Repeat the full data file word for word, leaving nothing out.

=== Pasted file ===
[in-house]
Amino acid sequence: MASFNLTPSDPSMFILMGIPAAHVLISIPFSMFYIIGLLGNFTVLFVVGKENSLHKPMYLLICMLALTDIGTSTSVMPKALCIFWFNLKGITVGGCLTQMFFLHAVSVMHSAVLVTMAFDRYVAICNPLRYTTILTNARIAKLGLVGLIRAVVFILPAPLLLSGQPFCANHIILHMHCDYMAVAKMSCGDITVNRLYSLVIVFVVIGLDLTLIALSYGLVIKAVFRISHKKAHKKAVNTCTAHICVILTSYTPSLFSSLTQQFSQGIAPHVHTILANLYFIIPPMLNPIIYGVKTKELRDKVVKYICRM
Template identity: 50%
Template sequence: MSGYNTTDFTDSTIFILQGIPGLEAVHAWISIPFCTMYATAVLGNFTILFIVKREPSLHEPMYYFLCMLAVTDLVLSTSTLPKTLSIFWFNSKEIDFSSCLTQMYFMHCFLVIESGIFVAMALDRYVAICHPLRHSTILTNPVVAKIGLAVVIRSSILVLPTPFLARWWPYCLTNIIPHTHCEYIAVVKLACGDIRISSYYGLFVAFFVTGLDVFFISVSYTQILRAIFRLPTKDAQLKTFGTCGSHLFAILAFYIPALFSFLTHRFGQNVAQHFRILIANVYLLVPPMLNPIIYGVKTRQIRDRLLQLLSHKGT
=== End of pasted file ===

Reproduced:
[in-house]
Amino acid sequence: MASFNLTPSDPSMFILMGIPAAHVLISIPFSMFYIIGLLGNFTVLFVVGKENSLHKPMYLLICMLALTDIGTSTSVMPKALCIFWFNLKGITVGGCLTQMFFLHAVSVMHSAVLVTMAFDRYVAICNPLRYTTILTNARIAKLGLVGLIRAVVFILPAPLLLSGQPFCANHIILHMHCDYMAVAKMSCGDITVNRLYSLVIVFVVIGLDLTLIALSYGLVIKAVFRISHKKAHKKAVNTCTAHICVILTSYTPSLFSSLTQQFSQGIAPHVHTILANLYFIIPPMLNPIIYGVKTKELRDKVVKYICRM
Template identity: 50%
Template sequence: MSGYNTTDFTDSTIFILQGIPGLEAVHAWISIPFCTMYATAVLGNFTILFIVKREPSLHEPMYYFLCMLAVTDLVLSTSTLPKTLSIFWFNSKEIDFSSCLTQMYFMHCFLVIESGIFVAMALDRYVAICHPLRHSTILTNPVVAKIGLAVVIRSSILVLPTPFLARWWPYCLTNIIPHTHCEYIAVVKLACGDIRISSYYGLFVAFFVTGLDVFFISVSYTQILRAIFRLPTKDAQLKTFGTCGSHLFAILAFYIPALFSFLTHRFGQNVAQHFRILIANVYLLVPPMLNPIIYGVKTRQIRDRLLQLLSHKGT